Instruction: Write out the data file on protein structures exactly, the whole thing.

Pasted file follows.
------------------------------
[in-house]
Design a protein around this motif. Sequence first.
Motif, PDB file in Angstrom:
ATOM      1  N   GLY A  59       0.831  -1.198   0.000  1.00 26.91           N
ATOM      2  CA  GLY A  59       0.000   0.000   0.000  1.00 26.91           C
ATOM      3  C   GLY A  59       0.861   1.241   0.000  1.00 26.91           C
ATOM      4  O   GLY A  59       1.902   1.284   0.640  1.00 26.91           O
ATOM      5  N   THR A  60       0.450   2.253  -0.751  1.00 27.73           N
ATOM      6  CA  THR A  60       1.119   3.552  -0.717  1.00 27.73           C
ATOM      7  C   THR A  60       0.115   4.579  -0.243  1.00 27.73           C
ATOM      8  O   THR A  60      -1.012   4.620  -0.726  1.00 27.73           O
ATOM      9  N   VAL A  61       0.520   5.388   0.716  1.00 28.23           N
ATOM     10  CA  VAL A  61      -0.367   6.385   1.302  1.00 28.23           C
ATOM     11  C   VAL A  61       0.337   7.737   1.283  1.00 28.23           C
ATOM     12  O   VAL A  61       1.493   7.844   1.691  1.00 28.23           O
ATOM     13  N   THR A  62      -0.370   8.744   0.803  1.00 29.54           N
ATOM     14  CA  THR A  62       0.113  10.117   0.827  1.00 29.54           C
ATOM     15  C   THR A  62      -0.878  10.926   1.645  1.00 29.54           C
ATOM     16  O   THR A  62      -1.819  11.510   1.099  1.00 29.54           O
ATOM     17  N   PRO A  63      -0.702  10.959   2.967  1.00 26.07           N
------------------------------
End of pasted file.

[in-house]
Design a protein around this motif. Sequence first.
Motif, PDB file in Angstrom:
ATOM      1  N   GLY A  59       0.831  -1.198   0.000  1.00 26.91           N
ATOM      2  CA  GLY A  59       0.000   0.000   0.000  1.00 26.91           C
ATOM      3  C   GLY A  59       0.861   1.241   0.000  1.00 26.91           C
ATOM      4  O   GLY A  59       1.902   1.284   0.640  1.00 26.91           O
ATOM      5  N   THR A  60       0.450   2.253  -0.751  1.00 27.73           N
ATOM      6  CA  THR A  60       1.119   3.552  -0.717  1.00 27.73           C
ATOM      7  C   THR A  60       0.115   4.579  -0.243  1.00 27.73           C
ATOM      8  O   THR A  60      -1.012   4.620  -0.726  1.00 27.73           O
ATOM      9  N   VAL A  61       0.520   5.388   0.716  1.00 28.23           N
ATOM     10  CA  VAL A  61      -0.367   6.385   1.302  1.00 28.23           C
ATOM     11  C   VAL A  61       0.337   7.737   1.283  1.00 28.23           C
ATOM     12  O   VAL A  61       1.493   7.844   1.691  1.00 28.23           O
ATOM     13  N   THR A  62      -0.370   8.744   0.803  1.00 29.54           N
ATOM     14  CA  THR A  62       0.113  10.117   0.827  1.00 29.54           C
ATOM     15  C   THR A  62      -0.878  10.926   1.645  1.00 29.54           C
ATOM     16  O   THR A  62      -1.819  11.510   1.099  1.00 29.54           O
ATOM     17  N   PRO A  63      -0.702  10.959   2.967  1.00 26.07           N